by: Chris Compson, Endangered Endurance Running Co. owner/coach
There are thousands of articles written about the lessons that new runners can learn from their more experienced peers or their hero elites. From modeling our training and nutrition to favorite socks and sports bras, there seems to be no limit to the advice given to novice runners from the mouths and closets of the seasoned veterans. While there is certainly a point to learning from the best, or even just the slightly better, Newbies offer more to the veterans than just bolstered race entries and throngs to clean up the last of the post-run bagels.
Lesson 1: Embrace occasional recklessness
It happens at every race I’ve ever witnessed or entered. “That guy.” The guy, or girl, who goes out at a break-neck and potentially suicidal pace, running well faster that he/she has ever run in practice or a race before. Veterans in the lead pack watch this happen and chuckle waiting for the impending implosion when they will casually sweep past the remains of this momentary hero. As a coach, I spend countless hours working with athletes to avoid this very situation. However, there is a lesson here. Perhaps the oldest lesson in running. If you want to run fast, you have to run fast. If you want to achieve something you never have, whether it be a personal best time or conquering a new distance or challenge, you have to do something you have never done. You must embrace some recklessness. The more seasoned and proficient we become at something, there is a tendency to become ever more methodical, ever more scientific. It is amazing the number of times I have to tell highly accomplished runners to “not think, just run.” At times we become obsessed with hitting perfect splits, or measuring our efforts so precisely that we never put ourselves in the danger zone where greatness is found. Watching this year’s London Marathon, everyone commented that Mary Keitany was running at an unsustainable pace. Surely she would implode in a disastrous second half, all the announcers commented. But Mary Keitany didn’t implode. Sure, she suffered. And sure, she didn’t hold the world-record pace through to the finish line. But by embracing some recklessness, she went on to run the second-fastest women’s marathon of all-time.
Lesson 2: Hide in the Gym
As a high school coach, I work with athletes of every ability and experience level. From individuals who have won state championships and competed in national-caliber events to athletes who arrive for the first day of practice in a pair of Air Jordan’s and jeans. The spread of personalities and performances is one of the great joys of working with this diverse group, and also one of the great challenges. For the “Air Jordan” group, undertaking the task of running daily is, in itself, a monumental effort, and at the age of 15 or 16, one that is often avoided. When one of my Newbies is unaccounted for during a training session, I can almost guarantee they will be found in one place…the gym. My Newbies will occasionally replace the daunting task of their first interval workout or hill repeat session with an activity they feel more comfortable doing, such as lifting weights, working on stability exercises, or going through our core strengthening circuit. Though I wouldn’t recommend any serious or seasoned runner avoid running workouts by hiding in the gym, my Newbies remind the state champions of the importance of doing the supplemental work that leads to successful, injury-free training. As we gain experience and accolades, a common misperception that we no longer need to focus on stretching, strengthening, or stability often sets in. We are successful runners because we run, end of story. However, hiding in the gym, within each of my Newbies moving through another yoga pose, is the foundation of a successful runner being built. And while I will certainly reprimand their avoidance of the key to running (…running), I also tip my cap to their acknowledgement that there is more to running well than just running.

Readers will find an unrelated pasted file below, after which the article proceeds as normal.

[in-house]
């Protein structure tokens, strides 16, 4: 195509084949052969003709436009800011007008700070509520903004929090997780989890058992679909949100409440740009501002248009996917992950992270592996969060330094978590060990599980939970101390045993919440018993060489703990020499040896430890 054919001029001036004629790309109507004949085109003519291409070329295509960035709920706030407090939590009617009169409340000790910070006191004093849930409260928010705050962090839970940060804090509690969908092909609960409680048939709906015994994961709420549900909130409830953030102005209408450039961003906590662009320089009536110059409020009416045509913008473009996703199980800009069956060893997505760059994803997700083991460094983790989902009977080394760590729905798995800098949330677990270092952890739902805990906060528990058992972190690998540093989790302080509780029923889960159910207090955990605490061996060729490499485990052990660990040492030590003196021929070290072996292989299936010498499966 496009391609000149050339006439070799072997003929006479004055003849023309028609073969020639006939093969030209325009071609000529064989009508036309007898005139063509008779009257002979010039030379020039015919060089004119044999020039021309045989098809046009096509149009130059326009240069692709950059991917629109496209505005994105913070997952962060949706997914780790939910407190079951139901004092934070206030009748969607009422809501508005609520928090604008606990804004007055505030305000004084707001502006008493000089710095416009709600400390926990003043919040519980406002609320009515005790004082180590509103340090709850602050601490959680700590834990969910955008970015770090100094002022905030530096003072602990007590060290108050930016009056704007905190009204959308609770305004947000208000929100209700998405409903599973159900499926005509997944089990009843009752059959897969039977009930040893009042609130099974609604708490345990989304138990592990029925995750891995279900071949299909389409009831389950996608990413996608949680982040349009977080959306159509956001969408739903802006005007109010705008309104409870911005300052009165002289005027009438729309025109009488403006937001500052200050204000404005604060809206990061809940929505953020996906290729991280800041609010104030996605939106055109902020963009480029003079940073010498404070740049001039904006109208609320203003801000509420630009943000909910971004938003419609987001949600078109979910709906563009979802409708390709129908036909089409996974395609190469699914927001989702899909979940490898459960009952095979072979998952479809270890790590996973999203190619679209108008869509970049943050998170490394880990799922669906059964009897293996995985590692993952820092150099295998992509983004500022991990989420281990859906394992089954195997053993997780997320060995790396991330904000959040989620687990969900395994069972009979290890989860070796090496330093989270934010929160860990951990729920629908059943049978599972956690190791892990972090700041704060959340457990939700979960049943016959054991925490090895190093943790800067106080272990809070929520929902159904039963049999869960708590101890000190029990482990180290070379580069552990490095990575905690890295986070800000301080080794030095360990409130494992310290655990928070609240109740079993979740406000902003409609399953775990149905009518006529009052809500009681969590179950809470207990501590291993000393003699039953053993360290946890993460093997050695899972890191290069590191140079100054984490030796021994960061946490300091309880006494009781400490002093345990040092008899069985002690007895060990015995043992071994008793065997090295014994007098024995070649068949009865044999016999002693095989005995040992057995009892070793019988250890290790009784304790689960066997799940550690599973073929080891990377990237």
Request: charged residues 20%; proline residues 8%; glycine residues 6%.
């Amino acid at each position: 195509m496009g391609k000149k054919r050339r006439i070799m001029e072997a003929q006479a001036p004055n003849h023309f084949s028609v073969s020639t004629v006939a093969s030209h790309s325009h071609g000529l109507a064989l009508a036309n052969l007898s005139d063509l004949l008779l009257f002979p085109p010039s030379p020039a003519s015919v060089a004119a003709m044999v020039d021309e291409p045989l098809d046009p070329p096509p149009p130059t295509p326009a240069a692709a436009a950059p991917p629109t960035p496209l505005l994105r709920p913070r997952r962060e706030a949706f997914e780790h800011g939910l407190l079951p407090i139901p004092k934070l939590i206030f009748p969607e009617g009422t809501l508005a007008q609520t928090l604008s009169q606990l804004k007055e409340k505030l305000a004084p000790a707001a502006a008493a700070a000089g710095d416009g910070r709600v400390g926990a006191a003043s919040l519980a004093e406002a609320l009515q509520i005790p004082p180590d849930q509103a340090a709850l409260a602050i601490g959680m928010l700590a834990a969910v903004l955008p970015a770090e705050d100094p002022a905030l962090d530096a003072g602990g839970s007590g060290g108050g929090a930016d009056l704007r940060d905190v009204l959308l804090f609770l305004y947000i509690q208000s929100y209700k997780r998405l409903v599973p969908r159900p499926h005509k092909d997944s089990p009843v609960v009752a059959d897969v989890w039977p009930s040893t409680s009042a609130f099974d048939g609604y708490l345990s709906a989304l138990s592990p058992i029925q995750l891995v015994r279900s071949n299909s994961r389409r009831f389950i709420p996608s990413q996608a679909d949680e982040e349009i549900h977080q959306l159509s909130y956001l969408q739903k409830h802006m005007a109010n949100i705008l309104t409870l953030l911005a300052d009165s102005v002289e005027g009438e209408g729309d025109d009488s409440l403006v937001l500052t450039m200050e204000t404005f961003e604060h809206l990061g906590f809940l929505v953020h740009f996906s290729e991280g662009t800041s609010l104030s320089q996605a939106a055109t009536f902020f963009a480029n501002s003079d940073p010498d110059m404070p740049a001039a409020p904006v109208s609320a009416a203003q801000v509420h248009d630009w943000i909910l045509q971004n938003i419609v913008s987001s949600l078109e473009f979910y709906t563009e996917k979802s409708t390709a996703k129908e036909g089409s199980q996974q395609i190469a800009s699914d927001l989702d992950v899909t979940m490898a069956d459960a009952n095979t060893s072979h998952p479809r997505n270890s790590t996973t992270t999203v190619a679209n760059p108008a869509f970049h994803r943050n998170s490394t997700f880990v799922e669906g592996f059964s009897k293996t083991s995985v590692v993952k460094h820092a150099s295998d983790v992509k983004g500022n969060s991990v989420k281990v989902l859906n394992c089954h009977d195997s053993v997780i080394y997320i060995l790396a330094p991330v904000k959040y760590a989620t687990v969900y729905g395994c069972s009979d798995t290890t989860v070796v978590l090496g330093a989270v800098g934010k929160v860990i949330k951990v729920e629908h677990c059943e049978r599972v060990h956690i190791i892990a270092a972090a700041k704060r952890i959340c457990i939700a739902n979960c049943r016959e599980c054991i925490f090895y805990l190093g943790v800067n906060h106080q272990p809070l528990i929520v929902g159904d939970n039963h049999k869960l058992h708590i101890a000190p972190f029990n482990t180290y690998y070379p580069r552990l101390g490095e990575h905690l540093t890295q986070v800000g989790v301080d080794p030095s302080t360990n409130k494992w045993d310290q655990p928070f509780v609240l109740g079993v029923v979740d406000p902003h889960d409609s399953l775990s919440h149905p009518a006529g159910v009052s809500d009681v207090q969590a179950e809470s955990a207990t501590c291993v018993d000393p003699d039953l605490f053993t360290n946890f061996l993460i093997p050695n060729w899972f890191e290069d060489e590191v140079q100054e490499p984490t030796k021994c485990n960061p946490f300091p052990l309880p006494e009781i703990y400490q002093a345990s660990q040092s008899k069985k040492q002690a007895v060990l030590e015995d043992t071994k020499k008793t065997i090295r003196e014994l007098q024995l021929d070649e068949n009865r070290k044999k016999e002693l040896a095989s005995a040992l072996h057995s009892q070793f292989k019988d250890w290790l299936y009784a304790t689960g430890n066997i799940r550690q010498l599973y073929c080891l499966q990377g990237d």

Lesson 3: Experience the Joy
I have run numerous races with first-time runners/racers, and inevitably, their reaction after crossing the finish line is the same. “That was so much FUN!” This exclamation is usually proclaimed breathlessly, with arms raised, heading for the water recovery station. Watches may, or may not have been stopped, but the statement does not hinge on first checking the finishing clock. The statement is undermined by an asterisk stating, “see race splits for confirmation.” As veterans and elite runners, we often determine the level of satisfaction with any race or run based on the objective reference of a finishing time or average pace. We could have felt fantastic and enjoyed every moment of a competition, but if we missed a personal best by a few strides, our entire view of the experience is almost instantaneously shifted. Likewise, feeling miserable throughout and miraculously achieving a new record results in immediately signing up for the race the following year. What the Newbies blissfully ignorant exclamation reminds us is that running and racing is meant to be about more than just the stopwatch. It is meant to be about a shared experience, an internal challenge to test our limits, a communal celebration of the human spirit, and occasionally a really sweet swag-bag! Newbies remind us that the reason we began doing this, and continue to pursue this wild passion, is that it is darn good fun.
So thank you Newbies for all your flaws and fantasticisms, may we all learn from your wild and winding road.